Yes, I could memorize lines, and I could learn choreography of dance, but it was extremely uncomfortable to audition and either try freestyle or improv. That’s when I would choke. Because I needed everything to be perfect and I needed to know how before I could do something even moderately well.

This is important, and I think a lot of us struggle in this area, so keep that in mind and I’ll come back to it later. 

Perhaps one of the highest profile examples I can think of in the area of perfectionism with underlying people-pleasing and self-worth is Tiger Woods’ story.

My husband and I just finished the docuseries “Tiger” last weekend. It was such an amazing film study for me, honestly. And yes, I got emotional watching it. Of course, I knew what was coming for Tiger as I watched his ascension play out from clips going all the way back to him as a toddler, swinging his golf club like a pro.

It was fascinating to watch all of the home movie clips that later morphed into broadcasts of the early games where he made history. Watching this unfold, when I knew what was coming. I knew he would eventually cave to all of the pressures of perfection that had been placed upon his shoulders…by the entire world. I watched it with so much compassion for Tiger.

Because, of course, it all started with his father.

This is in one of the trailers for the film and the movie opens with Earl Woods delivering this speech where he says:

“Please forgive me, but sometimes I get very emotional when I talk about my son. He will transcend this game and bring to the world a humanitarianism which has never been known before. This is my treasure. Please accept it and choose it wisely.”

Wow. That’s a heavy load of expectations. And indeed, Earl’s voice is shaking when he says this. He is very emotional in his delivery. It’s so haunting to hear in the background while videos of Tiger are rolling on the screen.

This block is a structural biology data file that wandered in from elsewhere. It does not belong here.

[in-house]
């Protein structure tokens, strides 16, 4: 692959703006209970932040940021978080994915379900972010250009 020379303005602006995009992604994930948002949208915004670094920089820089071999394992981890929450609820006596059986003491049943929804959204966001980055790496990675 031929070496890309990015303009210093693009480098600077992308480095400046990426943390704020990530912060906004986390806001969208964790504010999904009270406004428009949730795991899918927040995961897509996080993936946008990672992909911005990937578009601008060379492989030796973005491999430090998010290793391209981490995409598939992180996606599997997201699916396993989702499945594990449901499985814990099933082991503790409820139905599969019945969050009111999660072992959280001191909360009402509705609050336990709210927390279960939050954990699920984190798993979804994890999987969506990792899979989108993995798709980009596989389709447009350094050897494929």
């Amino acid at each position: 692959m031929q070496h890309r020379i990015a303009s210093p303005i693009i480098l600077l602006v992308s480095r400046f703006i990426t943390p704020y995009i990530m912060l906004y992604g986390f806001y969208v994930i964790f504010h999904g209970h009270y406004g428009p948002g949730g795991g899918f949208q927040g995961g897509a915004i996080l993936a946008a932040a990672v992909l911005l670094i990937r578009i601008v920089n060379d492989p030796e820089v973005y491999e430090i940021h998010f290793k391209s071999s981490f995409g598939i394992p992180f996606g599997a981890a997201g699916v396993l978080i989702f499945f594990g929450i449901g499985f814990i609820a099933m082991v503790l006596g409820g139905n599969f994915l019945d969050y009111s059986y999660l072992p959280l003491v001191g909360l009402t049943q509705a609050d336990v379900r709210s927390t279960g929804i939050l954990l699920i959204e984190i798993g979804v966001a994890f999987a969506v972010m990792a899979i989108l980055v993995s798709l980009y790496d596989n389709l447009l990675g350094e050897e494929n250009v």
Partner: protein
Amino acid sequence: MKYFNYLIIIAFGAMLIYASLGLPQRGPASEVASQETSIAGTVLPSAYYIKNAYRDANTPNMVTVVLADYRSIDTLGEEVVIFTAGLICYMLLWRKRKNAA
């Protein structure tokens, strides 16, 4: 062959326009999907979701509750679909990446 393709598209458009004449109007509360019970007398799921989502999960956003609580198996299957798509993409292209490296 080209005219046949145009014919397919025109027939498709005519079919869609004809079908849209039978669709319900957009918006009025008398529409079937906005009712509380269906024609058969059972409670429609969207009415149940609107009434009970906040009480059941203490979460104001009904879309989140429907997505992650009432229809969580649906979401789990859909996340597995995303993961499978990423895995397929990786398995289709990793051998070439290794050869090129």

At one point, his parents are being interviewed and Earl mentions that if Tiger had picked up on bowling instead, then that’s what he’d be doing. But I’m not sure I believe that. Because Tiger’s mom is sitting right beside Earl on the couch when he says that, and she gives him quite the side eye. Also, a 10-month-old holding a bowling ball, even the lightest one available, isn’t going to go well. Let’s be honest.

Tiger was groomed. He was created. We know the rest of the story. We know how he eventually crumbled. Because Tiger is also a human.

He’s a perfectly imperfect human being who learned to tie the love and acceptance of others to his performance on the golf course. He could never just be himself, and he probably didn’t even know who “himself” really was.

His perfection was an illusion. Not just to the world, but also inside of him.

Think about it. Everything was perfect for Tiger. He had the perfect life, from the outside looking in. Until he didn’t. Which makes one wonder, was it ever perfect for him? Did he ever get to be himself or know himself while he was acting his part with perfection? Did he really have it ALL? And what does “having it all” even mean?

I’m so curious about that.

Of course, this is an extreme example, but I’m using it because it’s a well-known story that everyone should be able to identify with.

I highly recommend this film. You can find it on HBO.

Why do we try so hard to be seen as perfect in the eyes of others?

Again, I think it’s for one of two reasons, and sometimes both. Either you feel like a whole and worthy human if you perceive yourself as perfect in whatever area of your life you are seeking to be just that. Or you seek validation from others, which is a way of leveraging your people-pleasing tendencies to fill your cup of self-worth.

I’ll be honest, I’m not even sure these two can be separated. Maybe they are like Siamese twins that can’t survive with separation.

In fact, one of my favorite books on the topic, The Gifts of Imperfection by Brené Brown supports this. I honestly can’t do better at explaining it than she does, so I’ll share a quick excerpt here that she describes as the myths about perfectionism.